As we got to know each other better, we finished the books less frequently. The spines of our copies of Under the Banner of Heaven, The Left Hand of Darkness, The Group and When Everything Feels Like the Movies each had fewer cracks than the last book we had read. Eventually, every member became at some point guilty of showing up without having finished or even purchased the book. By then it was common for turnout to be lower, and for the book not to be the focus of the conversation. Instead of herbal tea, we drank wine. We knew each other now. It was more natural to talk about work, Netflix, and the latest antics of Rob Ford, who was still alive and in charge of things, than it was to discuss plot points and character names. If you wanted to read, you risked solitude; if you wanted to socialize, you had to forget about the book. I lost faith, for a time, in the possibility of simultaneity here.
July 21, 2007 is a date ingrained into my memory. For weeks, it was plastered across a banner that I saw every morning when I stood behind the espresso bar of the Starbucks-in-a-Chapters where I worked, in Ottawa’s South Keys neighbourhood. On July 20, there was a scar on my forehead made of lipstick. I was also wearing circular glasses and a cheap felt cape. I gave out samples of Frappuccinos to all the people in the Chapters, whose backs were to each other, single file, in a line-up that wound through the shelves full of self-help books and Heather’s Picks and hundreds of other books that capitalist algorithms had approved of. The line featured Hagrids and Dobbys and people looking generally wizardly. After my shift ended at 11:00pm, I joined said line, and at midnight I picked up two copies of Harry Potter and the Deathly Hollows, one for me and one for my boyfriend at that time. That night he and I read for hours until we were asleep. We woke up early to read some more. July 21 was a nice day, so we went to a café nearby. It was full of people reading their own Deathly Hollows.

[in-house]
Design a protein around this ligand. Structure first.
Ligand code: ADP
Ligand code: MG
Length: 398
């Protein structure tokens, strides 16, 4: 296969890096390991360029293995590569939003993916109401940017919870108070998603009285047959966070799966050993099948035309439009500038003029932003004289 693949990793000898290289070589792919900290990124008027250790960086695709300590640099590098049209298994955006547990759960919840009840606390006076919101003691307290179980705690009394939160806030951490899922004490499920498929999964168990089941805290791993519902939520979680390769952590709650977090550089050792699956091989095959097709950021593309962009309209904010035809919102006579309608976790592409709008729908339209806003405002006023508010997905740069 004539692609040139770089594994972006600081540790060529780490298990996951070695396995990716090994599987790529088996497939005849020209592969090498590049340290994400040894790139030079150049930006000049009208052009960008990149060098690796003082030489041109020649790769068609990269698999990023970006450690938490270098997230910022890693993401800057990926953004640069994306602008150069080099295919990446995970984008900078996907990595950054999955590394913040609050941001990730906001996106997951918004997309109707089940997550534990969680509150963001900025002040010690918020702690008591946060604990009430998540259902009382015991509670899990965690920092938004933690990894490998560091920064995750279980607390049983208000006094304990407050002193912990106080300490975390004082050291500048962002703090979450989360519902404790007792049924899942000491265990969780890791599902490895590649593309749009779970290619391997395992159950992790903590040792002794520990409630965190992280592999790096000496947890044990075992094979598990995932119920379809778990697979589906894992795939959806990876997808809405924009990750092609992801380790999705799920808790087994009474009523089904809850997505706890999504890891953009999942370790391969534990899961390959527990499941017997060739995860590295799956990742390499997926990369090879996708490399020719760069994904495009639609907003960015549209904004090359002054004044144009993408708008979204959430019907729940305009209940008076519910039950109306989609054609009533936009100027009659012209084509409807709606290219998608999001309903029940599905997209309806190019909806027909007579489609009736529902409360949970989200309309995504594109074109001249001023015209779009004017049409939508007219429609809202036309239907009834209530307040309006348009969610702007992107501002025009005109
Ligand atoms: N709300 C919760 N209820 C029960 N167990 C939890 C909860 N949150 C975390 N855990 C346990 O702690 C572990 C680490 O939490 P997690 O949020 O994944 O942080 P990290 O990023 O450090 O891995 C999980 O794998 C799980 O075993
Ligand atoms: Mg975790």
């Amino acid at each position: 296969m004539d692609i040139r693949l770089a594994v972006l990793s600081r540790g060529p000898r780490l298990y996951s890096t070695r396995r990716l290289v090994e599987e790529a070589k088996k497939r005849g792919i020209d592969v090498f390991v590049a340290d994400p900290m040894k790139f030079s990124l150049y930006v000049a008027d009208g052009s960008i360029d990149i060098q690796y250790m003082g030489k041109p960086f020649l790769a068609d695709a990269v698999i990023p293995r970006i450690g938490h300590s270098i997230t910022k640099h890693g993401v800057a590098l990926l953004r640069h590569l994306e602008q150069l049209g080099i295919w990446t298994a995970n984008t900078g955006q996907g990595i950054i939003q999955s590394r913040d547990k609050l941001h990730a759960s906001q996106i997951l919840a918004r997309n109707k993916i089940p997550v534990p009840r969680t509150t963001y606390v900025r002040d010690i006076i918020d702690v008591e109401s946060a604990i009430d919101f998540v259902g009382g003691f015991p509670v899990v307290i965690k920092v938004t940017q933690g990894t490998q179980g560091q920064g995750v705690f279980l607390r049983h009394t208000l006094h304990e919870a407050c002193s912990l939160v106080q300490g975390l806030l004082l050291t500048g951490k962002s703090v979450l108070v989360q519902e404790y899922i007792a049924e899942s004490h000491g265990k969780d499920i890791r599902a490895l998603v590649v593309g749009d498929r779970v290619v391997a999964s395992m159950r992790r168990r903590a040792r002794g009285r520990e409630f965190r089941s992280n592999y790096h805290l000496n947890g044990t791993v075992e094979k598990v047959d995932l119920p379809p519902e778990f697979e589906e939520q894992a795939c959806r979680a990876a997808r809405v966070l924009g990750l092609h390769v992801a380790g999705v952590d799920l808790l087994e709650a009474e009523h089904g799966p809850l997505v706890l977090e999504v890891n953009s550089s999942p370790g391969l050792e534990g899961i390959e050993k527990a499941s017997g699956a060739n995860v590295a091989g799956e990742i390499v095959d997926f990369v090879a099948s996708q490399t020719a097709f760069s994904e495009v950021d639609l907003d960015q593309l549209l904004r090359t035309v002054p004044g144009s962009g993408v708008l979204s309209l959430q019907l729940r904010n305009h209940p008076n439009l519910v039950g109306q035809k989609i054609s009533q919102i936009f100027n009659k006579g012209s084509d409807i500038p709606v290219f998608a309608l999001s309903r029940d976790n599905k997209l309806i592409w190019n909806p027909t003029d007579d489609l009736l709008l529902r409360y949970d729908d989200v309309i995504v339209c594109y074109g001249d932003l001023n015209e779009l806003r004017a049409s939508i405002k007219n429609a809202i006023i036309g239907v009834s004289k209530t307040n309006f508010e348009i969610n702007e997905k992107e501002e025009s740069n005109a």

All of us sat silent and largely expressionless. We were all on different pages and moving through at different rates, but we were in the same book, and in the same place. To my mind, during those summer days a decade ago, the act of reading came closest to being a social activity. The world was a book club – and many of us were actually reading the book.
Erica, my book club co-founder, is this Harry Potter superfan. She as read all seven books consecutively about ten to fifteen times. Books six and seven she has read independently of the series another five or so times each. She has read the whole series out loud to her girlfriend. She thinks something is wrong with me because I’ve only read it once. (To Erica’s credit, she has no specific fidelity to J. K. Rowling, and has read widely.)